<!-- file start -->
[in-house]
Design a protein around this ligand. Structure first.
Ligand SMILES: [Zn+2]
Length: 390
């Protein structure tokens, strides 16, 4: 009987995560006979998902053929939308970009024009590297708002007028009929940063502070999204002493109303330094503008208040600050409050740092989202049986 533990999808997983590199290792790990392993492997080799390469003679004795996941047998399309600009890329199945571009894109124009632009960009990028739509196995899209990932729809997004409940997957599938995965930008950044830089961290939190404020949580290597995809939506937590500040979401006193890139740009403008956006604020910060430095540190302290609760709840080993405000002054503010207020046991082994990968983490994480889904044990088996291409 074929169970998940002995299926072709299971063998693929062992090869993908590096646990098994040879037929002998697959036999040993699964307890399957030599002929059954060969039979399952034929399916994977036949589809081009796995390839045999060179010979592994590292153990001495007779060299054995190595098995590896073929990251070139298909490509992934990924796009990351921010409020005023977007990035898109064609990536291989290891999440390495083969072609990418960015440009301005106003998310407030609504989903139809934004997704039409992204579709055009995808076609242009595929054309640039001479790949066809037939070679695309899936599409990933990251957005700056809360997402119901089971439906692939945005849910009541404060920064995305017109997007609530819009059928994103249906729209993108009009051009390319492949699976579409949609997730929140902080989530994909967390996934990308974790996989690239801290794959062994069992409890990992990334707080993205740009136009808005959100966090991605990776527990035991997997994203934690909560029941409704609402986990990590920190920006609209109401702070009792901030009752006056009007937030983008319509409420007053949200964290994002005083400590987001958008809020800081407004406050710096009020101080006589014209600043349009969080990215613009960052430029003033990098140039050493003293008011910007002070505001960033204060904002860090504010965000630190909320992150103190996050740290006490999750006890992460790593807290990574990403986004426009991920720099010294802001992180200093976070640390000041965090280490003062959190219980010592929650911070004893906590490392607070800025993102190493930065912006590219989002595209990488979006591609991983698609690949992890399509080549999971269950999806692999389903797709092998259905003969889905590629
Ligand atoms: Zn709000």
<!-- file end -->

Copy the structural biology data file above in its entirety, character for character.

[in-house]
Design a protein around this ligand. Structure first.
Ligand SMILES: [Zn+2]
Length: 390
């Protein structure tokens, strides 16, 4: 009987995560006979998902053929939308970009024009590297708002007028009929940063502070999204002493109303330094503008208040600050409050740092989202049986 533990999808997983590199290792790990392993492997080799390469003679004795996941047998399309600009890329199945571009894109124009632009960009990028739509196995899209990932729809997004409940997957599938995965930008950044830089961290939190404020949580290597995809939506937590500040979401006193890139740009403008956006604020910060430095540190302290609760709840080993405000002054503010207020046991082994990968983490994480889904044990088996291409 074929169970998940002995299926072709299971063998693929062992090869993908590096646990098994040879037929002998697959036999040993699964307890399957030599002929059954060969039979399952034929399916994977036949589809081009796995390839045999060179010979592994590292153990001495007779060299054995190595098995590896073929990251070139298909490509992934990924796009990351921010409020005023977007990035898109064609990536291989290891999440390495083969072609990418960015440009301005106003998310407030609504989903139809934004997704039409992204579709055009995808076609242009595929054309640039001479790949066809037939070679695309899936599409990933990251957005700056809360997402119901089971439906692939945005849910009541404060920064995305017109997007609530819009059928994103249906729209993108009009051009390319492949699976579409949609997730929140902080989530994909967390996934990308974790996989690239801290794959062994069992409890990992990334707080993205740009136009808005959100966090991605990776527990035991997997994203934690909560029941409704609402986990990590920190920006609209109401702070009792901030009752006056009007937030983008319509409420007053949200964290994002005083400590987001958008809020800081407004406050710096009020101080006589014209600043349009969080990215613009960052430029003033990098140039050493003293008011910007002070505001960033204060904002860090504010965000630190909320992150103190996050740290006490999750006890992460790593807290990574990403986004426009991920720099010294802001992180200093976070640390000041965090280490003062959190219980010592929650911070004893906590490392607070800025993102190493930065912006590219989002595209990488979006591609991983698609690949992890399509080549999971269950999806692999389903797709092998259905003969889905590629
Ligand atoms: Zn709000």